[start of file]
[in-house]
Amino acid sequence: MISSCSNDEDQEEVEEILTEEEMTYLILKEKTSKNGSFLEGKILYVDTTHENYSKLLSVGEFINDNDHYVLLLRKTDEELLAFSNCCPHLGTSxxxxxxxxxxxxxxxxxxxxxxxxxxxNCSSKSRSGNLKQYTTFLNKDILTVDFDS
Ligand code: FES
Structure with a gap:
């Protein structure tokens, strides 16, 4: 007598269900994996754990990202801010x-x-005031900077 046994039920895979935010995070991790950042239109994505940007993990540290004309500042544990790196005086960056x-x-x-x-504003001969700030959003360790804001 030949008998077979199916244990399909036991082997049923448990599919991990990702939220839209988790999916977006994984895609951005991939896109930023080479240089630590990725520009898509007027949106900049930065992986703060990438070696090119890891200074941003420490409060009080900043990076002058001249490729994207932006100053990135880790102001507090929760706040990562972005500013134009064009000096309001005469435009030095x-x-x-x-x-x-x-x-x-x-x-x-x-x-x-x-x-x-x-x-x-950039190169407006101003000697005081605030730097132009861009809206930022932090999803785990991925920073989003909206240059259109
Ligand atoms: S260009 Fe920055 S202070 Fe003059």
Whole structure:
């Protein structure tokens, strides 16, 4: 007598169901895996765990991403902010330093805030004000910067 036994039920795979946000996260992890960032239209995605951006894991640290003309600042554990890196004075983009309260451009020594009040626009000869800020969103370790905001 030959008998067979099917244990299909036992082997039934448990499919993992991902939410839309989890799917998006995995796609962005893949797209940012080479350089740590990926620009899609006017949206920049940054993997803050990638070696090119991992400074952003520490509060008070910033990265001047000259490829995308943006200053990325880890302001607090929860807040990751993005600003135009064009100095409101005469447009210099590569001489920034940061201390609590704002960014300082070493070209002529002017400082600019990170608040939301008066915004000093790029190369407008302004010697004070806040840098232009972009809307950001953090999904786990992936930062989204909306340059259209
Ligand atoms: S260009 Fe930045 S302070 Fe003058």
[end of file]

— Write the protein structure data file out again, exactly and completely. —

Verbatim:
[in-house]
Amino acid sequence: MISSCSNDEDQEEVEEILTEEEMTYLILKEKTSKNGSFLEGKILYVDTTHENYSKLLSVGEFINDNDHYVLLLRKTDEELLAFSNCCPHLGTSxxxxxxxxxxxxxxxxxxxxxxxxxxxNCSSKSRSGNLKQYTTFLNKDILTVDFDS
Ligand code: FES
Structure with a gap:
């Protein structure tokens, strides 16, 4: 007598269900994996754990990202801010x-x-005031900077 046994039920895979935010995070991790950042239109994505940007993990540290004309500042544990790196005086960056x-x-x-x-504003001969700030959003360790804001 030949008998077979199916244990399909036991082997049923448990599919991990990702939220839209988790999916977006994984895609951005991939896109930023080479240089630590990725520009898509007027949106900049930065992986703060990438070696090119890891200074941003420490409060009080900043990076002058001249490729994207932006100053990135880790102001507090929760706040990562972005500013134009064009000096309001005469435009030095x-x-x-x-x-x-x-x-x-x-x-x-x-x-x-x-x-x-x-x-x-950039190169407006101003000697005081605030730097132009861009809206930022932090999803785990991925920073989003909206240059259109
Ligand atoms: S260009 Fe920055 S202070 Fe003059």
Whole structure:
């Protein structure tokens, strides 16, 4: 007598169901895996765990991403902010330093805030004000910067 036994039920795979946000996260992890960032239209995605951006894991640290003309600042554990890196004075983009309260451009020594009040626009000869800020969103370790905001 030959008998067979099917244990299909036992082997039934448990499919993992991902939410839309989890799917998006995995796609962005893949797209940012080479350089740590990926620009899609006017949206920049940054993997803050990638070696090119991992400074952003520490509060008070910033990265001047000259490829995308943006200053990325880890302001607090929860807040990751993005600003135009064009100095409101005469447009210099590569001489920034940061201390609590704002960014300082070493070209002529002017400082600019990170608040939301008066915004000093790029190369407008302004010697004070806040840098232009972009809307950001953090999904786990992936930062989204909306340059259209
Ligand atoms: S260009 Fe930045 S302070 Fe003058």